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mental health & dementia
News archive - September 2015
Lack of guidance stifles anti-ligature innovation
Mental health design is a very-specialist area, and nowhere is this more apparent than in the manufacturing of products.
Due to the very-sensitive nature of mental health conditions, the environment in which people are treated must be safe, secure and, above all, therapeutic.
Over the past 10 years this has led to a large number of product manufacturers launching anti-ligature ranges, helping providers to keep patients safe and cutting down on the number of hangings within psychiatric units.
Pretty much every trust, particularly NHS organisations, will now routinely specify anti-ligature fixtures, fittings and furniture in their units.
But this increasing trend has come about despite the fact there is no official guidance covering how manufacturers should test these products.
Instead, each company draws up its own regime and then, the majority of the time, the mental health trust itself will carry out further testing before choosing which products to buy.
Speaking to hdm, Philip Ross, director of Safehinge, explains: “The main issue we have is that the tests which do exist are extremely unscientific and not repeatable.
“What we do is basically whack products with a mallet, but me doing that and someone else doing that will bring very different results. It makes it almost physically impossible to compare one product to another.
“The other challenge is that mental health organisations are, on the whole, very untrusting and will still want to do the tests themselves and that’s time consuming for all of us.
“It’s an inefficient way to do things and in my opinion it stifles innovation and trusts do not get best-value procurement.”
This is a view shared by David Vesty, managing director of Tough Furniture. He said: “When you get into these very-detailed areas like mental health, it’s very hard.
“Most of the current guidance covers normal use and not extreme situations, such as mental health environments, so manufacturers have to come up with their own tests.”
Testing the load
The closest thing currently to official standards for this area is The Door & Hardware Federation’s Technical Specification TS001:2013.
Aimed at addressing the safety of people who may be at risk of self-harm while in special care environments; it is primarily aimed at door hardware, but can also include non-door-mounted hardware such as coat hooks and curtain rails.
It introduces three tests. The first is ‘Multi-Directional’ testing. This is a test for fixed hardware devices and fixed mounting devices tested in multiple directions; up, down, left, right and away from the face of the mounting surface. The test load is 0.475kg and classifications are A1 to A4 depending on the test wire diameter.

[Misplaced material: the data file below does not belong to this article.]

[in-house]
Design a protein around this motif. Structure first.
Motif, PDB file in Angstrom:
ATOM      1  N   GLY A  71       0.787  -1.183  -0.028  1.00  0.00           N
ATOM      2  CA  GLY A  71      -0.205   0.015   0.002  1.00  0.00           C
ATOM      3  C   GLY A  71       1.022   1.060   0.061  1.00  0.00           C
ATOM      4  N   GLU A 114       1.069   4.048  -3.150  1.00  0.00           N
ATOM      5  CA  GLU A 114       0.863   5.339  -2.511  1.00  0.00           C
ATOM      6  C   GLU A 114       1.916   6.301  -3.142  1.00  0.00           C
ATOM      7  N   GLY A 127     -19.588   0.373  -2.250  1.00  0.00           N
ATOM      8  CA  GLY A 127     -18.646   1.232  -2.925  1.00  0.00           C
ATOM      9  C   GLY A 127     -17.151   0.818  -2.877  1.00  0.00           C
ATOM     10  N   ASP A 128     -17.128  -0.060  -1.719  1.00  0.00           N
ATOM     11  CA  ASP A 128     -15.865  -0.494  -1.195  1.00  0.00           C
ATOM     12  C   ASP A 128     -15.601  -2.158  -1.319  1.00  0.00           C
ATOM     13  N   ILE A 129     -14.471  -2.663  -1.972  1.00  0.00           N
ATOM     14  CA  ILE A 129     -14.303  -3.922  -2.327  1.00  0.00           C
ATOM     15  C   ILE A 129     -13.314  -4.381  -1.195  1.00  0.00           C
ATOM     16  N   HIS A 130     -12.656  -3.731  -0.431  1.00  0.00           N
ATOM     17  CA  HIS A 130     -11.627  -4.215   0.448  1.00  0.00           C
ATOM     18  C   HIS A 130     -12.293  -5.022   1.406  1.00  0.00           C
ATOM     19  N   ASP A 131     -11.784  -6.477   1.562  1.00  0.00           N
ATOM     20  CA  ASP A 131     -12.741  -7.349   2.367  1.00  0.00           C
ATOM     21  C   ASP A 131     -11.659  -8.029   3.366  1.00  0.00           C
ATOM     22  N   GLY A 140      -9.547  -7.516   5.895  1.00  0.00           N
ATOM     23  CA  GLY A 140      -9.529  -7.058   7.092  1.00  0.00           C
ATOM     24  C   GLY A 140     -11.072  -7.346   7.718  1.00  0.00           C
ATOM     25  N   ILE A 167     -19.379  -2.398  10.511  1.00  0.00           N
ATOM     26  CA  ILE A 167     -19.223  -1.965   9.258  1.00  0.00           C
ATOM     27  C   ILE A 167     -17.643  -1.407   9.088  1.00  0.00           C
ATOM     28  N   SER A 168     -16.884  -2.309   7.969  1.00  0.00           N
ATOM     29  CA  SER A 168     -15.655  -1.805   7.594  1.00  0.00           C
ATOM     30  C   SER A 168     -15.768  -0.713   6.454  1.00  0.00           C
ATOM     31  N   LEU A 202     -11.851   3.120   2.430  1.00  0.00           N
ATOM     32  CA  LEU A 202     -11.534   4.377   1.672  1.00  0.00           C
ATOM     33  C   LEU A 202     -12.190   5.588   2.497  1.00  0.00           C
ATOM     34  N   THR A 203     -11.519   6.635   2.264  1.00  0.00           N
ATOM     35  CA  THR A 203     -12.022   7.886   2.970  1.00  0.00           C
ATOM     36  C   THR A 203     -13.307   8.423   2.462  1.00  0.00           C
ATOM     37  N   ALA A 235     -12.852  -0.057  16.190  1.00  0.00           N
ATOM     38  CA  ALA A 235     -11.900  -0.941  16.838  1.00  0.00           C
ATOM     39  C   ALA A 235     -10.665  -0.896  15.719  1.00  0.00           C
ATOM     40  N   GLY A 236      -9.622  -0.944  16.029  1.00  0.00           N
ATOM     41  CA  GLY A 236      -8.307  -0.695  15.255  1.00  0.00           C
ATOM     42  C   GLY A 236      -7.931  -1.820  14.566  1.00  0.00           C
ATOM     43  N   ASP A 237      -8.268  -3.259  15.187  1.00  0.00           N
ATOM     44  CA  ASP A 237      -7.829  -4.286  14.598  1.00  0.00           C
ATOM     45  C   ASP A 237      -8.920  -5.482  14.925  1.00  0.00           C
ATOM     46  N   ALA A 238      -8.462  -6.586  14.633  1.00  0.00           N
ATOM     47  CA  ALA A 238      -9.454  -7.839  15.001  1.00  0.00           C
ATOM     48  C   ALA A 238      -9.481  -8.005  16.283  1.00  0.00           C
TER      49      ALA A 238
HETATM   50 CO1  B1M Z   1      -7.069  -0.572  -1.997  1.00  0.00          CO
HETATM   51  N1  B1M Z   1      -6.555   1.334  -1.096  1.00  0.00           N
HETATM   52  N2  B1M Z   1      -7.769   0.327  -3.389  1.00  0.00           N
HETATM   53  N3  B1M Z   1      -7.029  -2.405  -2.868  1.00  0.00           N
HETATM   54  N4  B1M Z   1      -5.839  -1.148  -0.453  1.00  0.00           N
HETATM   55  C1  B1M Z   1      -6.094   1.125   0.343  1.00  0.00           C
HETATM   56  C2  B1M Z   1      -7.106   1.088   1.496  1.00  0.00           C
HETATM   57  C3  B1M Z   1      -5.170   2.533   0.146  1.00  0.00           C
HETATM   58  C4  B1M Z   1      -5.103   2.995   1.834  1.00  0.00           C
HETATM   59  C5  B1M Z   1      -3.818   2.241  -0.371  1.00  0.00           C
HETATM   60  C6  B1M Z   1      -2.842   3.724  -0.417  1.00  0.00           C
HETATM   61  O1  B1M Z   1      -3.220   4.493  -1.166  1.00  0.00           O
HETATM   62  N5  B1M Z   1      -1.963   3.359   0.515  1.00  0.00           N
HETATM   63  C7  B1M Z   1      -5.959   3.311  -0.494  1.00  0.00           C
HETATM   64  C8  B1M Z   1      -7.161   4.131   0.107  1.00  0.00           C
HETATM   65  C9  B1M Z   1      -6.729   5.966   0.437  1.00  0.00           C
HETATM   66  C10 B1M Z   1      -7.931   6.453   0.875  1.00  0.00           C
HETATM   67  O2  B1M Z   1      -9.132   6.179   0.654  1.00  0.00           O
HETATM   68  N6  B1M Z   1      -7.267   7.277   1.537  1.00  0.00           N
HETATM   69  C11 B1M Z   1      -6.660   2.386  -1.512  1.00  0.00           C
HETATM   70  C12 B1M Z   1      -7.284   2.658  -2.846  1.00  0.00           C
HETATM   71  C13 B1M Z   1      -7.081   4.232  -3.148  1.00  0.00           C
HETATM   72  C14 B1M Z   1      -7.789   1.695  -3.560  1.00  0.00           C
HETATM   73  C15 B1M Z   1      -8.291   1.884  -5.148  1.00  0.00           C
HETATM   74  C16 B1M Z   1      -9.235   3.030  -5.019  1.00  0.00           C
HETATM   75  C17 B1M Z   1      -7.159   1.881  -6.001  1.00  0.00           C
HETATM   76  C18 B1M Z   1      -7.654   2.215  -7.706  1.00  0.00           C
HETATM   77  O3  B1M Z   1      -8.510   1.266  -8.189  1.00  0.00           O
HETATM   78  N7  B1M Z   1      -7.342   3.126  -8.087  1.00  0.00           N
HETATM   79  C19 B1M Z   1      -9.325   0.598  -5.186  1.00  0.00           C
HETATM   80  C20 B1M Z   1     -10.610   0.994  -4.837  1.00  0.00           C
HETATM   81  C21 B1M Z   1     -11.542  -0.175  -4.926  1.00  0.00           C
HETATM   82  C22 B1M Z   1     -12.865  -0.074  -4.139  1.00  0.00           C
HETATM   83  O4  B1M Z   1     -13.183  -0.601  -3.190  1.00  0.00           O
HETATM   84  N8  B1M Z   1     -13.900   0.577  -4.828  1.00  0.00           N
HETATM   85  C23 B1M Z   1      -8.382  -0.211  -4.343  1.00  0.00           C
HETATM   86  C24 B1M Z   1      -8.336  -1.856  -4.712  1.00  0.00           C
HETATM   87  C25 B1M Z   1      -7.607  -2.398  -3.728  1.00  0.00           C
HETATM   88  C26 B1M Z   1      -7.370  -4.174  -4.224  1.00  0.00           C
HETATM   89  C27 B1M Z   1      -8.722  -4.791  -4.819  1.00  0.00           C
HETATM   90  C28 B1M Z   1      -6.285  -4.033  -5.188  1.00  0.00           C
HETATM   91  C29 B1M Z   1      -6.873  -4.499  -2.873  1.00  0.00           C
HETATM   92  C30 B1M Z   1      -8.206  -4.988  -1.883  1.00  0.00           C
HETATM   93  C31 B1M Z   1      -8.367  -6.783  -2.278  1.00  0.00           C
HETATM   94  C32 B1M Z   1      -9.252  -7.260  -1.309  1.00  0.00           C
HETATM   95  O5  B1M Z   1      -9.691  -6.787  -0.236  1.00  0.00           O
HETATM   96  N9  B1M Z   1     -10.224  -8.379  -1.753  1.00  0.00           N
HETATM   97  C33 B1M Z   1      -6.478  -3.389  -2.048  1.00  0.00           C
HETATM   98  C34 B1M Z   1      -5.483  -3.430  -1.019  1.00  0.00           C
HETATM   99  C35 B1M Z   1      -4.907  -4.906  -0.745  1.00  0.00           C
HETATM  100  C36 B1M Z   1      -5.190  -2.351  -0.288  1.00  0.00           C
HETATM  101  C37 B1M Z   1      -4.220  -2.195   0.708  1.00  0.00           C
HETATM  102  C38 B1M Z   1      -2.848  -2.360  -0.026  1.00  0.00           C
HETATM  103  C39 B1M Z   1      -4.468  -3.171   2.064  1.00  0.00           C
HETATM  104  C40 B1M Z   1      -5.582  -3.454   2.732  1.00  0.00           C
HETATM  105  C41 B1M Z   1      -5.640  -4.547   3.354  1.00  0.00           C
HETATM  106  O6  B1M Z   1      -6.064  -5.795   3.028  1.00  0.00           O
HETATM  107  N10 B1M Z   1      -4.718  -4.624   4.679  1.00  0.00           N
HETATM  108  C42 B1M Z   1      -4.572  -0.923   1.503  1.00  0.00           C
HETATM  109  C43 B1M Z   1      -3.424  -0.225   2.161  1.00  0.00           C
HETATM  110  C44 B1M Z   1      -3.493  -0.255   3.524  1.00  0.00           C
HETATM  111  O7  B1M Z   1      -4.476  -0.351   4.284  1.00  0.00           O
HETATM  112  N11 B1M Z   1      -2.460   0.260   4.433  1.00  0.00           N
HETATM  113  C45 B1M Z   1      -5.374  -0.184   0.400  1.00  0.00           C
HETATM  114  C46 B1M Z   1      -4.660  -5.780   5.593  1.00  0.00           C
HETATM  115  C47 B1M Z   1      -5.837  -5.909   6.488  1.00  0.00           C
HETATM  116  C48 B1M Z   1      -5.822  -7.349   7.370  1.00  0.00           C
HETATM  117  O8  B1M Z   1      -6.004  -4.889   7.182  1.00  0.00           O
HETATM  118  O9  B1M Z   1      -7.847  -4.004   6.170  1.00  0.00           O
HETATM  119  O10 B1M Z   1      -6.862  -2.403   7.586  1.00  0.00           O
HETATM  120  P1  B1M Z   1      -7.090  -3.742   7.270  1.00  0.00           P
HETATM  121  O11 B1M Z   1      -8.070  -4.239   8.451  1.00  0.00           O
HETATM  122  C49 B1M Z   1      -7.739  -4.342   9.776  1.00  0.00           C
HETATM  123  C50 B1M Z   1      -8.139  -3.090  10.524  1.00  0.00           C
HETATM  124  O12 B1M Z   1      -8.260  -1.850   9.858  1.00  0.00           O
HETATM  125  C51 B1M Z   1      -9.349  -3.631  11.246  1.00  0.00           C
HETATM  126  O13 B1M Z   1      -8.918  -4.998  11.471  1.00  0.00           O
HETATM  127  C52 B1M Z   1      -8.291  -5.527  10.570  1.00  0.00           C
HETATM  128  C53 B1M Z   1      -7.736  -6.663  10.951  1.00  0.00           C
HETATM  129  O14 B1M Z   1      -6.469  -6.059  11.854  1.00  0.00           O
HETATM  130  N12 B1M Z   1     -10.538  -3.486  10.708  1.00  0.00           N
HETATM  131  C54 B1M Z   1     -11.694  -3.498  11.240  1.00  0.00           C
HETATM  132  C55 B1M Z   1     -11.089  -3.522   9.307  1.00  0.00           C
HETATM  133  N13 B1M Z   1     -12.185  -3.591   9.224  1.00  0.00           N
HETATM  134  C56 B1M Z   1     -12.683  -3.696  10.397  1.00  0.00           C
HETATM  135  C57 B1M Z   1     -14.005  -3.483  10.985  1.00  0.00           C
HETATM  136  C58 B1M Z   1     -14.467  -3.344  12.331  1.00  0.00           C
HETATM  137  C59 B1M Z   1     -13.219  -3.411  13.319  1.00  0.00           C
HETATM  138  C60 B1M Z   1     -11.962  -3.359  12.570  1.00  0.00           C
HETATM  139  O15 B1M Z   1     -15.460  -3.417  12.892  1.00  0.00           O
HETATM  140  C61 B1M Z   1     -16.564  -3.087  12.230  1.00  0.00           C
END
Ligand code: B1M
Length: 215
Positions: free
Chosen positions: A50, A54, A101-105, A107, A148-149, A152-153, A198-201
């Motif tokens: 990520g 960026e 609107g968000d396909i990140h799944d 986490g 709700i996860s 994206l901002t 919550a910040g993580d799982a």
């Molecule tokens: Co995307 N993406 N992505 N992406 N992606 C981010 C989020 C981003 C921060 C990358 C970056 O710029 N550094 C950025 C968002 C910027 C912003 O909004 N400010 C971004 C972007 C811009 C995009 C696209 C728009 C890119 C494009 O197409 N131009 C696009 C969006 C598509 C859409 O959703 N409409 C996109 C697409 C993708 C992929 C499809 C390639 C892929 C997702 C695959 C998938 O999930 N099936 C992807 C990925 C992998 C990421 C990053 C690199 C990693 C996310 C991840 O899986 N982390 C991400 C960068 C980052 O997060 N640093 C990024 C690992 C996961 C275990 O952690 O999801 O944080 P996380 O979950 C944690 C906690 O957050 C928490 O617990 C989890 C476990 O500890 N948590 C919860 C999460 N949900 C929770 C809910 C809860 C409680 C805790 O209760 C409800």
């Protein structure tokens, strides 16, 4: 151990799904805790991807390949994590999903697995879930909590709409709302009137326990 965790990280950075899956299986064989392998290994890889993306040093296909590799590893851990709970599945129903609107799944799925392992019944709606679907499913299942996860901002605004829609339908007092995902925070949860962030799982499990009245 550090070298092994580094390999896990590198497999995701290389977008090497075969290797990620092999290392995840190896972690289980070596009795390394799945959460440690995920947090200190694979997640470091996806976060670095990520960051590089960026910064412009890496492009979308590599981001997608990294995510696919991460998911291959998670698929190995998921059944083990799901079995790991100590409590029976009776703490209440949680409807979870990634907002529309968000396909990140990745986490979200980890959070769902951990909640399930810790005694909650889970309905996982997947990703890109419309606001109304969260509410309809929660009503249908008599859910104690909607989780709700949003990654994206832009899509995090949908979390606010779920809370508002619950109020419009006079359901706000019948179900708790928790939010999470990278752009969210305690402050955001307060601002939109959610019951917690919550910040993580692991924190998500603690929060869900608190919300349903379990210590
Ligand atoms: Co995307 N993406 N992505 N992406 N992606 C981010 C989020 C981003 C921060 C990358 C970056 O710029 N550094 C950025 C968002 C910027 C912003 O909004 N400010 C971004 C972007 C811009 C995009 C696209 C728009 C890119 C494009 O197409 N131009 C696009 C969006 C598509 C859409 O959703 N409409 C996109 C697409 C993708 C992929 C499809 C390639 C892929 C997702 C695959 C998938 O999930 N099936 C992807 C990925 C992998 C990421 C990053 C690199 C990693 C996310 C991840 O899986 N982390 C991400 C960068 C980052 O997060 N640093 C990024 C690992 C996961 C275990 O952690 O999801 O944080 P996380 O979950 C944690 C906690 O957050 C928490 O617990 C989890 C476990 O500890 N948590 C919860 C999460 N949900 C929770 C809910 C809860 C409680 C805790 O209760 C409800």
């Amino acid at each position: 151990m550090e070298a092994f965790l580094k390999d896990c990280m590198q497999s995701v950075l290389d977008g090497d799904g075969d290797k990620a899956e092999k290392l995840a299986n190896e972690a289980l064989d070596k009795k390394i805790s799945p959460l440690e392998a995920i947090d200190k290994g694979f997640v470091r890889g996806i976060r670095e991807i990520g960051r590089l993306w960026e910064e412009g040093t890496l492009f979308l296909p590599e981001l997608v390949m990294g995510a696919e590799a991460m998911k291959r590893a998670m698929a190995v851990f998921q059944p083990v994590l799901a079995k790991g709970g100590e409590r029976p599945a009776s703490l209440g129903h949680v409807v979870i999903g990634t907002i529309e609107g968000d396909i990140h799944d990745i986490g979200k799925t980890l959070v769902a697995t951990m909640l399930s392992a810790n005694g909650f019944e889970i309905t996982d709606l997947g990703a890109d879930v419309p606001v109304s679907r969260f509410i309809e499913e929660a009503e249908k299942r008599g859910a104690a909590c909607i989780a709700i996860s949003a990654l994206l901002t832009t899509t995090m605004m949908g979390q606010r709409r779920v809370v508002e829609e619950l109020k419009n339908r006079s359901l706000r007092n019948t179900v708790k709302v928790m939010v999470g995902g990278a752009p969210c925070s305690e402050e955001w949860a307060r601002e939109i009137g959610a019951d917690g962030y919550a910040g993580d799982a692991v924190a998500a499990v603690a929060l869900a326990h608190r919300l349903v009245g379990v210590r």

The second test is ‘Vertically Downwards’. This is a test for fixed hardware devices tested in a downward direction only. The test load is 0.475kg and classifications are B1 to B4 depending on the test wire diameter.
Lastly is the ‘Load Release’ test. This is for load release hardware devices. The test wire has a diameter of 4mm and classifications are C1 and C4 depending on the test weight used.
Manufacturers are already using this standard to gauge the effectiveness of products. One of these is Primera Life, which has recently published a flyer covering the Door & Hardware Federation standard.
A spokesman said: “The specification has been adopted by the Guild of Architectural Ironmongers and we use it to test and classify all of our anti-ligature hardware.
“We’ve proven that our fixed door hardware won’t support a 0.475kg load on a 0.5mm ligature, either vertically downwards or in multi-directional tests. We’ve also shown that our CLIK load release system separates under a 10kg load. Put simply, we’ve demonstrated that our products can improve the chances of survival for those who may attempt to take their own lives.”
A design challenge
But for manufacturers whose products fall outside the remit of this guidance, there is some hope.
Safehinge is taking the lead and working on its own guidance which will be transferable to other manufacturers.
The Design in Mental Health Network and the Building Research Establishment (BRE) are also currently looking to introduce joint standards.
In the meantime, manufacturers need to work closely with mental health providers, says Vesty.
He added: “With anti-ligature devices you can’t test for every possible event. Instead, you have to be customer led, and at the moment every customer wants something different. They will have entirely different risk assessments and you’ll always get one customer who will regale you with stories of what people do and what they perceive to be a ligature risk.
“Yes we do need standards, but I think they are a way off, so it’s about working with customers to find out what they want and then, as designers, coming up with the most-innovative solution.”